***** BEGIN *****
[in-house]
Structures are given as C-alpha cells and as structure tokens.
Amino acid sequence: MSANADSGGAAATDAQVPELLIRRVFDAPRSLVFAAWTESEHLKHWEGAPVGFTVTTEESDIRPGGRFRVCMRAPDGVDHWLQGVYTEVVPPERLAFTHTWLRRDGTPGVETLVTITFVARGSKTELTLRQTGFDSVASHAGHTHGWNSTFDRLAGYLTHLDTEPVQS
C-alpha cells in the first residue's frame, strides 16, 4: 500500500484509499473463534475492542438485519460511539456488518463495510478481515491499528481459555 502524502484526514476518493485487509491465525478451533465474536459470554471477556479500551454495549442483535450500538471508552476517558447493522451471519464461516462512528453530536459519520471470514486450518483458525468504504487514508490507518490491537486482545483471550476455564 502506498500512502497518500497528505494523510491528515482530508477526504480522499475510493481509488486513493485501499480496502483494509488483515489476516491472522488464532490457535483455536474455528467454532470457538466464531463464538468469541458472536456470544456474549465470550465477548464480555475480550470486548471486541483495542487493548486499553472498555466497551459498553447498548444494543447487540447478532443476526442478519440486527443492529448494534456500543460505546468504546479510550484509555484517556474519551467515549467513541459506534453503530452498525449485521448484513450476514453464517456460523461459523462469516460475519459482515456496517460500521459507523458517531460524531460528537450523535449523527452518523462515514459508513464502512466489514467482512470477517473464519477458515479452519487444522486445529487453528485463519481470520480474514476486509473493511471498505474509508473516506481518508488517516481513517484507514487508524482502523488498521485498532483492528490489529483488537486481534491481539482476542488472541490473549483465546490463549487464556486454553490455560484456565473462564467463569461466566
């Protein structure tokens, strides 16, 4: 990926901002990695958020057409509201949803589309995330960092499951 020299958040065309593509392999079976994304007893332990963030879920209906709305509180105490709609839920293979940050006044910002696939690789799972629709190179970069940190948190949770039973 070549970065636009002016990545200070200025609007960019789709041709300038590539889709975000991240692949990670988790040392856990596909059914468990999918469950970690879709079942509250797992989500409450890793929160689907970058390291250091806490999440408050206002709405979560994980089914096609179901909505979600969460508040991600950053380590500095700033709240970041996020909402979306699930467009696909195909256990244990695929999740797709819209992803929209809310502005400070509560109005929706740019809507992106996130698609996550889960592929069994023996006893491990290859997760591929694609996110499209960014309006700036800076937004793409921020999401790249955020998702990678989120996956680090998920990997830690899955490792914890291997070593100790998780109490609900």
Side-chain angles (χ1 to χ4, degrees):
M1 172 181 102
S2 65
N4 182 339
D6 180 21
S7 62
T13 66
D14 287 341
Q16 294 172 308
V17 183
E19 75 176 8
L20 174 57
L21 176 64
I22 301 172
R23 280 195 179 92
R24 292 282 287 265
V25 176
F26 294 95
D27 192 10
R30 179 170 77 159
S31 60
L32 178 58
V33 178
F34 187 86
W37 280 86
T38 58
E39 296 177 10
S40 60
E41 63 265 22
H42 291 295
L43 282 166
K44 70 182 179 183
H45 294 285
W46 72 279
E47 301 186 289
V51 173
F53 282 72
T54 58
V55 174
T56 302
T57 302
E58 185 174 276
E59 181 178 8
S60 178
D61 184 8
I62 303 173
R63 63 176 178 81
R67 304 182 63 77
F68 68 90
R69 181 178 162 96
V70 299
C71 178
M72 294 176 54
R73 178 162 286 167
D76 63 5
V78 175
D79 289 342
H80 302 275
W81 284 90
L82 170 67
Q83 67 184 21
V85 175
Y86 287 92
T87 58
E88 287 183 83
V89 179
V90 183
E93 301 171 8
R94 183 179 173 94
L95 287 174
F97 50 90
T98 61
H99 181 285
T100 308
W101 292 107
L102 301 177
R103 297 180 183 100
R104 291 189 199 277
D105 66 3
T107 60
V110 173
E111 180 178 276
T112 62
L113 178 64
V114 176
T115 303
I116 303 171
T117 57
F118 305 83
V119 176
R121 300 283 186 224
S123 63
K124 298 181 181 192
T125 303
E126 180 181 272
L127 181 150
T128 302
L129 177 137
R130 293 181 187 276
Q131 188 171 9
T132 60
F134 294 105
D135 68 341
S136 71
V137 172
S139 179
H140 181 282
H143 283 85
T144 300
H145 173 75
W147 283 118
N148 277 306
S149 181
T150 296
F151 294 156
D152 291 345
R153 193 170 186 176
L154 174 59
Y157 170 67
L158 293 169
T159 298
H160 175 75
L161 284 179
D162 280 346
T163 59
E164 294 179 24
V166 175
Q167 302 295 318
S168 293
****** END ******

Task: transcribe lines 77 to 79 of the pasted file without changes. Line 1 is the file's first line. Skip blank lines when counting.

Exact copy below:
T98 61
H99 181 285
T100 308